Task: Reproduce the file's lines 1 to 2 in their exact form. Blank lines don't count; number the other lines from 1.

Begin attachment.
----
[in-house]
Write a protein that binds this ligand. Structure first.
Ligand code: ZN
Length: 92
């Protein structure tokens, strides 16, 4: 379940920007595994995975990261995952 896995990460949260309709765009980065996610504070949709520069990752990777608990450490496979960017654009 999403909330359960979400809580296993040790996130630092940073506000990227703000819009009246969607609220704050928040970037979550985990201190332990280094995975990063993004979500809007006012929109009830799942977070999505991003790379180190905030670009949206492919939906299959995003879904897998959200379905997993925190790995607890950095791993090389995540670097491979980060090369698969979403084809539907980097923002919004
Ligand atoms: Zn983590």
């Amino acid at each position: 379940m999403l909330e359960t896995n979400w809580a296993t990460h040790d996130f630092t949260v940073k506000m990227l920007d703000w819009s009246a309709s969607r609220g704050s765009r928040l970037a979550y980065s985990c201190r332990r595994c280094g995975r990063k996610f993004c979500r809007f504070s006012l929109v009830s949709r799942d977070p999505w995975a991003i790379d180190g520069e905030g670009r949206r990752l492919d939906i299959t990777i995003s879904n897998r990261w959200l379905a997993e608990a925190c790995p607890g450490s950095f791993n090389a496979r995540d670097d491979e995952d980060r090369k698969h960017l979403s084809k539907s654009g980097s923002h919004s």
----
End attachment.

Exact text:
[in-house]
Write a protein that binds this ligand. Structure first.